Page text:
Born Issur Danielovitch Demsky on the 9th of December 1916, the legendary Kirk Douglas turns 100 today, and in doing so gifts us all with a much-needed break in the clouds. In a year marred with the premature deaths of so many gifted artists, it is refreshing indeed to celebrate such a milestone in the life of a cinematic titan. A triple Oscar nominee of rarely-equaled charisma, Kirk Douglas epitomizes Hollywood movie stardom at a time when the very concept is rapidly dwindling into obsolescence. More importantly, his status as one of the last living movie stars of the Golden Age provides our culture with an eloquent anchor to its past, in the form of an enduring testament to the best it is capable of. Throughout his impressive 60 year-long career, Kirk Douglas has worked with some of the world’s greatest directors, co-starred with some of America’s finest actors and contributed to the creation of immortal masterworks who resonate as truly today as they ever did.
As an actor, Douglas’s fierce passion, sharp-toothed charm and unpolished edges singled him out as a uniquely ambivalent movie star, boldly positioned ahead – along with his friend and frequent collaborator Burt Lancaster – on the path from Hollywood glamour to the method. Through these qualities, he embodied a dangerous kind of virility that his best roles explored from different specific angles. So, in honour of the man’s 100th birthday, here is a Top 10 list of these roles.
- Einar – The Vikings.
Unfairly dismissed by mainstream American critics upon its release, this bombastic Nordic saga of lust and violence stars Kirk Douglas at his most overtly predatory. He plays Einar, the son of a Viking king whose rape of an English queen during a raid on the coast of Northumbria ultimately brings about his downfall when he unwittingly captures the offspring of his crime and raises him as a slave.
It’s hard to imagine a more potent cocktail of toxic masculinity with which to fuel a villainous Douglas performance and his delivery does not disappoint: Heir to a barbarian tyrant, half-brother to a child whose conception and demeanour offer up a constant dark mirror to the legacy he must live up to, his Einar is a boiling cauldron of wounded pride, entitlement and ambition. Without ever cranking his acting up any further than necessary, he counters Tony Curtis’s darkly righteous restraint with a rambunctious frenzy that’s irresistible to watch. Credit must also be given to the screenplay and makeup department for embellishing the cleft-chinned star’s famously chiselled features with a prominent facial scar and milky-white left eye that make his presence all the more striking. Noxious, vindictive, cruel and commandingly charismatic, Einar is everything you expect a Viking warlord to be, elevated a step above thanks to Douglas’s particular brand of barely-concealed masculine insecurity.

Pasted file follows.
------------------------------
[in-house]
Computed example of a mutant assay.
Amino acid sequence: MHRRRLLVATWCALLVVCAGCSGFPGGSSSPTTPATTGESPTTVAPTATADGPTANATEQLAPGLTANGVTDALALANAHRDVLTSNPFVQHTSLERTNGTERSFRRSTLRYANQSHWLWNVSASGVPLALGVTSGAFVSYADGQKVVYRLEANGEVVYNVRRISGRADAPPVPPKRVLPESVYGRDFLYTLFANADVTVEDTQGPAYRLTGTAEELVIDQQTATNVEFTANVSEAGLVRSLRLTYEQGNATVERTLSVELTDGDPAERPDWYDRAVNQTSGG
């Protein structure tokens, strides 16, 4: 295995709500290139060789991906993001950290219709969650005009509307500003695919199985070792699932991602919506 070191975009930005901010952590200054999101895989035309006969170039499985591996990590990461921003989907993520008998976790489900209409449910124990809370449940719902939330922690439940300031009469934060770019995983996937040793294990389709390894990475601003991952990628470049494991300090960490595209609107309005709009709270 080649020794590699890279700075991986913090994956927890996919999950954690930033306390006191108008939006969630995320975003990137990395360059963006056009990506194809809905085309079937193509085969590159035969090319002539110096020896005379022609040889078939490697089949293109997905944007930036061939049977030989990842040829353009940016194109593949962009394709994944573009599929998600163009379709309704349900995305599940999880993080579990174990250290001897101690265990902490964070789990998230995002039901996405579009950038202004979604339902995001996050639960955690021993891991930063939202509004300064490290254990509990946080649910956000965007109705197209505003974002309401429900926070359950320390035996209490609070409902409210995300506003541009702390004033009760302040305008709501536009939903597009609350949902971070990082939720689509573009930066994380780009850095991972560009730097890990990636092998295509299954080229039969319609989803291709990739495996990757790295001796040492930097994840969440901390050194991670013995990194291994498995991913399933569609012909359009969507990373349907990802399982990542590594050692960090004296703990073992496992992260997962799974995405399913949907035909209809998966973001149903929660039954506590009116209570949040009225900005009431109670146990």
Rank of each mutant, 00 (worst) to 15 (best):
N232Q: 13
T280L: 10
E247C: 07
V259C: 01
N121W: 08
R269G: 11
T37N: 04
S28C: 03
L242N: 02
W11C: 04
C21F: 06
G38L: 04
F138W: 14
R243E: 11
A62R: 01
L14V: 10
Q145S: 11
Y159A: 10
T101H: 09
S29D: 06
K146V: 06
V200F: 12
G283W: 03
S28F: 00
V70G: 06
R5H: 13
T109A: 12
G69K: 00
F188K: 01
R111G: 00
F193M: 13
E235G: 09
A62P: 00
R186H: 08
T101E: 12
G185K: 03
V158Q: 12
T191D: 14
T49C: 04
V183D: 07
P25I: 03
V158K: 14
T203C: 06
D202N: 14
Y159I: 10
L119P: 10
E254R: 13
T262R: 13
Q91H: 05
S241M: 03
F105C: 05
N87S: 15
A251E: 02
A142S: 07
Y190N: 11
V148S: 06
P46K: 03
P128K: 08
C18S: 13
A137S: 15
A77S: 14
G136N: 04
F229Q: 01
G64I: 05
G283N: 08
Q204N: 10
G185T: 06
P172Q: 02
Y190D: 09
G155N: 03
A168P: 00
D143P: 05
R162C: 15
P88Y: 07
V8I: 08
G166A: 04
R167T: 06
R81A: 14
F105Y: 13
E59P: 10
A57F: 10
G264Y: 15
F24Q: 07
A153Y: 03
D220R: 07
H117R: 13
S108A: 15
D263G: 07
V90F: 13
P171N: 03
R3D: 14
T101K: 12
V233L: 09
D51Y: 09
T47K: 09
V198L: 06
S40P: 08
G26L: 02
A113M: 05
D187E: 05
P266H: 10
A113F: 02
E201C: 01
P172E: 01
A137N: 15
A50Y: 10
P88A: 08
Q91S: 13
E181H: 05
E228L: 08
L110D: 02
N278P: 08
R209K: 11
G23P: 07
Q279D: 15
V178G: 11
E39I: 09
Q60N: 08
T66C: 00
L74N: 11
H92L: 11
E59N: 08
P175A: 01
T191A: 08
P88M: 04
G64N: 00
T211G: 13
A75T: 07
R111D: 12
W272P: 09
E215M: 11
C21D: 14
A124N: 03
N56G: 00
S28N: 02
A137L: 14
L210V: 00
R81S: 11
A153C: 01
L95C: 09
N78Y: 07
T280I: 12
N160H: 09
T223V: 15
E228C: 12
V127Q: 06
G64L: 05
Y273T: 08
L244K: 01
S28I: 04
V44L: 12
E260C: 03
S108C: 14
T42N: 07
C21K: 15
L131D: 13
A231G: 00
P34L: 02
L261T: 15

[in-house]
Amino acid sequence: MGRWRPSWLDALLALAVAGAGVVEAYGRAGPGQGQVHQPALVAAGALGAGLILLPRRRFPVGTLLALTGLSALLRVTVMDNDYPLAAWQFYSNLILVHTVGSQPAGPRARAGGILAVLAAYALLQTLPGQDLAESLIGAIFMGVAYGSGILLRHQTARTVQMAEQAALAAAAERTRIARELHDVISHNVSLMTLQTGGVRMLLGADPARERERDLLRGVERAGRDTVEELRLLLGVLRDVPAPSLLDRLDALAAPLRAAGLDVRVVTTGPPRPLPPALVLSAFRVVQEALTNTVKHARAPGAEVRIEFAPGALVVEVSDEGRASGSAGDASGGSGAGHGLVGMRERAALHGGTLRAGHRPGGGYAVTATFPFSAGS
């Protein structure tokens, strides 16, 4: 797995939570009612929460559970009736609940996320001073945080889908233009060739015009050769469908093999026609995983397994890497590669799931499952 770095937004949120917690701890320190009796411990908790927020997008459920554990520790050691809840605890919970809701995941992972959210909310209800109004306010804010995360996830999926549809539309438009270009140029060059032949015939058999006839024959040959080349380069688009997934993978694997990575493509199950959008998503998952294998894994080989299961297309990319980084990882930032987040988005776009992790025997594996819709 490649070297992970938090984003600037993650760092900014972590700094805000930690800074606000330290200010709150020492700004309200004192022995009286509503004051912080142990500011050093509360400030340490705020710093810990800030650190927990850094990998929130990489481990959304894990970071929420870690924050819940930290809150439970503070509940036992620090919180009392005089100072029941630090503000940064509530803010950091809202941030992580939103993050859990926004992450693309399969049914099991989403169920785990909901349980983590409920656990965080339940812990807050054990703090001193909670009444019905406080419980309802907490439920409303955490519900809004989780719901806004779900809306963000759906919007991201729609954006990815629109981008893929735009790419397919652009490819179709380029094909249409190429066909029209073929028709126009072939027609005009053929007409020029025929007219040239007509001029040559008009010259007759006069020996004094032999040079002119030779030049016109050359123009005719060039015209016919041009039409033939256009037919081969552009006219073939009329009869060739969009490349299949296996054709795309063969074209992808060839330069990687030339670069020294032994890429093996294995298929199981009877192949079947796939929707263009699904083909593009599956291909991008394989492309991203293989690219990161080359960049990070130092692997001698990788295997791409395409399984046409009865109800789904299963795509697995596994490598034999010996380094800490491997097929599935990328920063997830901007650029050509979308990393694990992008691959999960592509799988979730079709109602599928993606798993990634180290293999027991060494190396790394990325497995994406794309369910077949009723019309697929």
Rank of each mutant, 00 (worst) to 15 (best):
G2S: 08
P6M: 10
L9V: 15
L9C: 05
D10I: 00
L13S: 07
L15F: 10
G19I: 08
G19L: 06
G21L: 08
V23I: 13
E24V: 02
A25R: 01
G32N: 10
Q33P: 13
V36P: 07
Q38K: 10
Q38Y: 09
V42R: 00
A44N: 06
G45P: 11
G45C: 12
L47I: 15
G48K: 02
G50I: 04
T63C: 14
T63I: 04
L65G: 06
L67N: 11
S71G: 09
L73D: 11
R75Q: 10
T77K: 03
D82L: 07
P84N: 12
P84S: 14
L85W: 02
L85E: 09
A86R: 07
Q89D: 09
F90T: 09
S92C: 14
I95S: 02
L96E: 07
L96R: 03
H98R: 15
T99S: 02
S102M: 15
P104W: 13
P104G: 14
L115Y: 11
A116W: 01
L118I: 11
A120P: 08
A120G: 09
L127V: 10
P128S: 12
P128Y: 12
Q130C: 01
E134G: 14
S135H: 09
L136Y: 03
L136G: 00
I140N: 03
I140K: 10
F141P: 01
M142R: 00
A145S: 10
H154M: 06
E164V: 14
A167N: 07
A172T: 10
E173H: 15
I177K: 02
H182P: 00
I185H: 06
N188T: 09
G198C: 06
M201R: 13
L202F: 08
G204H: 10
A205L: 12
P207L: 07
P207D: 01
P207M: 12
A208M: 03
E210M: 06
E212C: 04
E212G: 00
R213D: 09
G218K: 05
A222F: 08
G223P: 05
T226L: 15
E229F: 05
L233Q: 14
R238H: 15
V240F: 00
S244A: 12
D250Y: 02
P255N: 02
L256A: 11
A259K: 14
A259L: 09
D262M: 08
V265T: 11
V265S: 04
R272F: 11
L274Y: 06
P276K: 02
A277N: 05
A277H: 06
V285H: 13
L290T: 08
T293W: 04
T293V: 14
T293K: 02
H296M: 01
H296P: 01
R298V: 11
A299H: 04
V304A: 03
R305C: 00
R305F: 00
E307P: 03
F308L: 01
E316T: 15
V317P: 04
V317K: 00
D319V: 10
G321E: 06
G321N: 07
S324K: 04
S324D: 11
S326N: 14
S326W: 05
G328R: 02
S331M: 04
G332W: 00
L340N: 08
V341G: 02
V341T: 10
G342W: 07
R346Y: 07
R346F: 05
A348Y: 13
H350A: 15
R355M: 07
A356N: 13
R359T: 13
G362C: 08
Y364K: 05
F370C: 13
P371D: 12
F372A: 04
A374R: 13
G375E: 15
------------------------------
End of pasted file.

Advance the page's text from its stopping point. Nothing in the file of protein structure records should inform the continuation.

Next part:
- Walter O’Neil – The Strange Love Of Martha Ivers.
A somewhat lesser-known film-noir starring Barbara Stanwyck as an industrial heiress who accidentally murdered her abusive aunt as a teenager, The Strange Love Of Martha Ivers is notable for being Kirk Douglas’s very first screen role and certainly one of the best film debuts of any major star. With a mocking glare and a bottle of whisky, he introduced himself to the world as the title character’s husband Walter O’Neil, a corrupt District Attorney who drowns his unrequited love for his wife in glass after glass.
As tends to be customary with good noirs, the characters in this film are all complex, tragic figures whose pain stems from their repeated decision to run away from themselves and each other rather than face unpleasant truths. There are no real heroes or villains, just a cast of morally flawed people who bear the consequences of bad decisions made under circumstances beyond their control. All of them are very well-written but it’s Walter who stands out as the most memorable, and much of this is owed to Kirk Douglas’s performance. He imbues Walter’s desperate, over-protective need for validation with a touch of self-deprecating bitterness that considerably nuances the audience’s reaction to him; instead of simply feeling pity for the man, we feel some degree of respect for his loyalty and empathize with his desire for personal redemption, however misguided it may be. With his first performance, Kirk Douglas immediately displayed a rare knack for mining hidden depths. Talk about hitting the ground running!
- George Phipps – A Letter To Three Wives.
Whenever he wasn’t in the lead, Douglas’s supporting roles would almost invariably be of a villainous kind. One of best exceptions can be found in this 1949 gem by Joseph L. Mankiewicz, in which three middle-class women find their respective marriages tested by a letter from an unseen rival claiming to have run away with one of their husbands.
In this clever socio-romantic whodunit, Kirk Douglas plays one of the suspects, a schoolteacher whose distinguished position in the community is overshadowed by his wife Rita (Ann Sothern) and her successful career as a writer of romantic radio dramas. This complex reversal of contemporary gender dynamics creates dormant friction in their marriage, exposed in a crackingly witty flashback sequence during which George is forced to help his wife entertain her boss and her husband for dinner. After hours of polite conversation, the subject of his wife’s job and the domain it occupies soon burns away his hostly façade to reveal a scholarly disdain for radio writing in superb dialogue that still rings true today for much of film and television: